”And yet: For all of the mass death and democratic backsliding we’ve suffered these past four years, America is in far better shape than it might have been. Entrusting an authoritarian con man with the world’s most powerful elective office brought the United States catastrophe, but it has also left us with a historic opportunity for democratic renewal.

We are lucky that Donald Trump started no major wars (thanks, in no small part, to Iranian restraint). We’re lucky that Republicans came a few votes short of throwing millions off of Medicaid. We’re lucky that the GOP’s internal divisions on immigration prevented Trump from inscribing his most xenophobic policies into legislative statute, and, thus, that his nativist legacy is almost entirely revocable by executive fiat. Above all, we are lucky that Trump did not win reelection and that the incoming Democratic government will actually have the power to implement reform.

23

bad Jim 01.20.21 at 7:19 am

David Wallace-Wells, a major climate alarmist, seems to be chilling out:

The war on climate denial has been won. And that’s not the only good news

Two degrees warming is going to be very bad, but there’s reason to hope that it won’t be worse than that, is his message. A corollary is that adaptation, even some degree of geo-engineering, may well be necessary.

24

bad Jim 01.20.21 at 7:57 am

Trump has issued one less than a gross of pardons, none particularly egregious. I am cautiously hopeful that the last few hours of his presidency will not be catastrophic.

25

nastywoman 01.20.21 at 10:34 am

and as I headlined:
”What’s the best way to get over such a deep and troubling TrumpTrauma”?
and on another thread Betteridge’s law was brought up?
(“Any headline that ends in a question mark can be answered by the word no.”
The reason why journalists use that style of headline is that they know the story is probably bullshit, and don’t actually have the sources and facts to back it up, but still want to run it)
I really would like to… to correct such a ”law” as neither the headline:

Was the election stolen?

nor:

”Is it better to believe in Science in a Pandemic”

can be answered with ”NO”.

26

SusanC 01.20.21 at 10:36 am

Google searches for information on the August 2020 Reichstag incident turn up some alarming historical parallels (“No, Google, I meant the 2020 incident not the 1933 one”) I can sort of imagine a parallel between Marinus van der Lubbe and the QAnon Shaman guy .. we might be in for endless historical analysis on whether QAnon shaman was set up by more dangerous people

27

nastywoman 01.20.21 at 4:23 pm

AND I’m just so unbelievable joyous to look at my next President –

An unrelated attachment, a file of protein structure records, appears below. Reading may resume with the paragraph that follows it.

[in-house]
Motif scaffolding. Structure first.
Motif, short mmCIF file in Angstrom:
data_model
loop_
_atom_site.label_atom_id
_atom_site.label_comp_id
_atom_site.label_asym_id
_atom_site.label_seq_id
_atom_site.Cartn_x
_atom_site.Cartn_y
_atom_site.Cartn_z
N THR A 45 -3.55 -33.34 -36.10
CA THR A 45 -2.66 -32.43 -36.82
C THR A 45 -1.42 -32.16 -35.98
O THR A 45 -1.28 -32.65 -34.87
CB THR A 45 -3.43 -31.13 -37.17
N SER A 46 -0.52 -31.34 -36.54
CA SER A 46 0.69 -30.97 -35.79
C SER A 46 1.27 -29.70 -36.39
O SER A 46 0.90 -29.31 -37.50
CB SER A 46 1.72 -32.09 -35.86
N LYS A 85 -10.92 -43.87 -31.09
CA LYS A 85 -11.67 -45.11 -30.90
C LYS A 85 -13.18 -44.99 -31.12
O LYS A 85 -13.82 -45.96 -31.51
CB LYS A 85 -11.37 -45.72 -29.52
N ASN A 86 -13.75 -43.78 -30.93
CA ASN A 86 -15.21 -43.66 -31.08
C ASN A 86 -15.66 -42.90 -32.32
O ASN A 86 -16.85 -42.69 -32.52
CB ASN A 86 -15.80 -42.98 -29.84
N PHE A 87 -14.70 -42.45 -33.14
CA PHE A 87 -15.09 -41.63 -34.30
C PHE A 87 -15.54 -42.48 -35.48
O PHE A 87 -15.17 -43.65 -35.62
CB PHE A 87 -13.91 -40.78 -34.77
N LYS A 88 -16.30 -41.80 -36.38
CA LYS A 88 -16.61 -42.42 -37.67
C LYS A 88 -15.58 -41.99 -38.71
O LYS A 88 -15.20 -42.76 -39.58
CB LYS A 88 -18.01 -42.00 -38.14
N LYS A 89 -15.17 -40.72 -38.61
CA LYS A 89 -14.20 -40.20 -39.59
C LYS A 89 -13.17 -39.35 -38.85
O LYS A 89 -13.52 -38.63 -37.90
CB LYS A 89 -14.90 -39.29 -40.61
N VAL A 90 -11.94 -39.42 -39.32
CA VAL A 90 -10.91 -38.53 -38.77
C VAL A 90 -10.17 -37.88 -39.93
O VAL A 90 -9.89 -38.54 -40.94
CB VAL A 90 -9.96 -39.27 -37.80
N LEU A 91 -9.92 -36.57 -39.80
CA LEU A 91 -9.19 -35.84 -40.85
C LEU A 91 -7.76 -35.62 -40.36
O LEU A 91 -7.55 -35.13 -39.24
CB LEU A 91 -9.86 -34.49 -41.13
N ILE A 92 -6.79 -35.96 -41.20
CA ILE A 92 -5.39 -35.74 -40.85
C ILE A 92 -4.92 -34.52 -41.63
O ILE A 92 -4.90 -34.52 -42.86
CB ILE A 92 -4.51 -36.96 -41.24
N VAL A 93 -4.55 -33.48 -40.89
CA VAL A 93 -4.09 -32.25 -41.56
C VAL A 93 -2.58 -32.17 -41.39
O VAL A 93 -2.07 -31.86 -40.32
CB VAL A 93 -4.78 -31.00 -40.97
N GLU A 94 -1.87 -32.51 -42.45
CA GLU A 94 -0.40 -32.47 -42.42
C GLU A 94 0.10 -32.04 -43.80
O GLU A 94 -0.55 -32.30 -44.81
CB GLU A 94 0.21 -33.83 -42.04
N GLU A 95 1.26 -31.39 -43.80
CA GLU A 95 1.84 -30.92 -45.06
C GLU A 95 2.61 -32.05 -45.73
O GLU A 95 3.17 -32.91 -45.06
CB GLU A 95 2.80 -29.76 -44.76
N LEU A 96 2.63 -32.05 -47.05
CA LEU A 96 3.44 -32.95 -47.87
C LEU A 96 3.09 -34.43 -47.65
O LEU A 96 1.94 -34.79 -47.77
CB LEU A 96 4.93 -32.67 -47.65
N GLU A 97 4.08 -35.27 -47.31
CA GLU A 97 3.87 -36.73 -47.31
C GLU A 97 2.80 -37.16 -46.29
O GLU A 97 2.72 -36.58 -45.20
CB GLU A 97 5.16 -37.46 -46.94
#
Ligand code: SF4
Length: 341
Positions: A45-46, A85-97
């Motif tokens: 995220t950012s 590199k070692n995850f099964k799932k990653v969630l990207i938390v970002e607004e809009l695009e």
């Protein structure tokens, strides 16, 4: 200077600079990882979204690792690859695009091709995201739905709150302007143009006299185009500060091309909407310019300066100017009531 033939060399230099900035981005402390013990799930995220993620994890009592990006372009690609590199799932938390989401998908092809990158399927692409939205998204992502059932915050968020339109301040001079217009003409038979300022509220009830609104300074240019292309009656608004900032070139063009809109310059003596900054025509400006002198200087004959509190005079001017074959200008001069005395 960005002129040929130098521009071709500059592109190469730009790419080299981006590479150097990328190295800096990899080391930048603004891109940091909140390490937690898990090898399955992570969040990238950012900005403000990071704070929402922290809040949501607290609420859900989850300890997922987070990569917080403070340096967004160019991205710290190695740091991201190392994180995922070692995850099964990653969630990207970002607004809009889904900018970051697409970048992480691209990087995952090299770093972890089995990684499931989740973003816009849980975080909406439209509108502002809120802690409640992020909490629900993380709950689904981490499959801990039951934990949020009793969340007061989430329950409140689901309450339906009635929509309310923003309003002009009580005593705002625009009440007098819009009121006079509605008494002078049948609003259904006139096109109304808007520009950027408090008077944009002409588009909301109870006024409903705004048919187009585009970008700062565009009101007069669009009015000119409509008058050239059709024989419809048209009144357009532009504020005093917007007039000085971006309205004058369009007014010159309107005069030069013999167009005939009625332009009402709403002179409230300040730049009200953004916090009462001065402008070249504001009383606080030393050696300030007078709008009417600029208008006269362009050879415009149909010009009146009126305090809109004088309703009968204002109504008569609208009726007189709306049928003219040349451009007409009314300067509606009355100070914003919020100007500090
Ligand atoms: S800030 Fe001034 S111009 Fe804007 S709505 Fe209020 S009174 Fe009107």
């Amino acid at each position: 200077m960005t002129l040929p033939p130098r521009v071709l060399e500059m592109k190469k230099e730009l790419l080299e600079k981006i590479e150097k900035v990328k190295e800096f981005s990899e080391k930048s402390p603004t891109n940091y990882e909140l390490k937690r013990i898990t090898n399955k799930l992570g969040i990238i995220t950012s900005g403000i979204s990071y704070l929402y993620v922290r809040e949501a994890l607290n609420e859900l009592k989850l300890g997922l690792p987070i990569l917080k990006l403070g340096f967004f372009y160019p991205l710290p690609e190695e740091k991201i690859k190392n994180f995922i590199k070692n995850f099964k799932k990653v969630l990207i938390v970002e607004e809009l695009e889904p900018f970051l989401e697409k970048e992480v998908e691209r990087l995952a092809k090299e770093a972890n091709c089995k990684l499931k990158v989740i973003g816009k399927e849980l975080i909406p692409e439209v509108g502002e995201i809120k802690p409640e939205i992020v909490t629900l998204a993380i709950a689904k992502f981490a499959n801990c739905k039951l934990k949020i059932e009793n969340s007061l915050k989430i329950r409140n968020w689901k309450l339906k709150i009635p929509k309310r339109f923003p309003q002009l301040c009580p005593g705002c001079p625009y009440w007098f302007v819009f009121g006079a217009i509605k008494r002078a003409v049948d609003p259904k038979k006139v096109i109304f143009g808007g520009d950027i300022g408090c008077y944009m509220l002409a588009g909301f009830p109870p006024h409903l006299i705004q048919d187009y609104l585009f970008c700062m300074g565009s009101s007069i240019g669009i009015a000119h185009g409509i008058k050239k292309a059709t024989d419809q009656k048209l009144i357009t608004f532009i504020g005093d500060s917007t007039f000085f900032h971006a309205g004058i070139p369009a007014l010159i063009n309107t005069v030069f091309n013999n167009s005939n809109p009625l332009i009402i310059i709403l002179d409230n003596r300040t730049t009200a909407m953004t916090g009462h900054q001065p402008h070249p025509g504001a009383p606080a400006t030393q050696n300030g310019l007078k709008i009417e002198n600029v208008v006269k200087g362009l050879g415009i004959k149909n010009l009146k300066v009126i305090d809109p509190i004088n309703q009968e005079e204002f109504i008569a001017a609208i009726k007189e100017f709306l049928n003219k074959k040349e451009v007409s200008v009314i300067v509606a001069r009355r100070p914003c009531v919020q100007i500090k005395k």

the First Female US President –
in four years…

28

CHETAN R MURTHY 01.21.21 at 6:41 am

Anarcissie @ 18: (1) keep believing that your avatar Donald didn’t conspire with the Russians. Keep wishing for that. B/c not merely does every relevant report of the government contradict you, but now, now all the shoes will drop — the ones that Li’l Donnie kept secret these past four years.
(2) These senators & congressmen did a monstrous thing: they attempted to overthrow a duly certified election. You obviously don’t actually know your law, but their role was purely ministerial. They had no right to vote against the duly certified electoral votes of the states. And those votes were indeed duly certified, and every court that ruled, agreed with that.

What they were doing, is attempting to gin up that army that tried to take over the Congress. This was sedition. And these people should not merely be drummed out of Congress, but sent to federal prison. They’re traitors and should pay the price.

And why is this? Well, I’ll paraphrase what Ta-Nehisi Coates wrote. He asked: suppose that in fact the electoral votes were fraudulent. Then the army invading the Capitol would have the right of it, wouldn’t they? They would be defending our democracy. So the greater sin does not reside with that invading army, but with the people who ginned up the lie: the people who perpetrated a monstrous lie that the votes were fraudulent, to assemble that army and point them at the Capitol.

These congressmen are traitors.

29

bad Jim 01.21.21 at 7:39 am

The national anthem is frequently so badly sung that I advert to recording of its progenitor, The Anacreonitic Song, which is relentlessly silly.

On national holidays my town’s band, which is formidably professional, performs downtown, adjacent the beach. I know a couple of the members. When my mother was alive we’d bring chairs to their performances. I am no longer as likely to linger.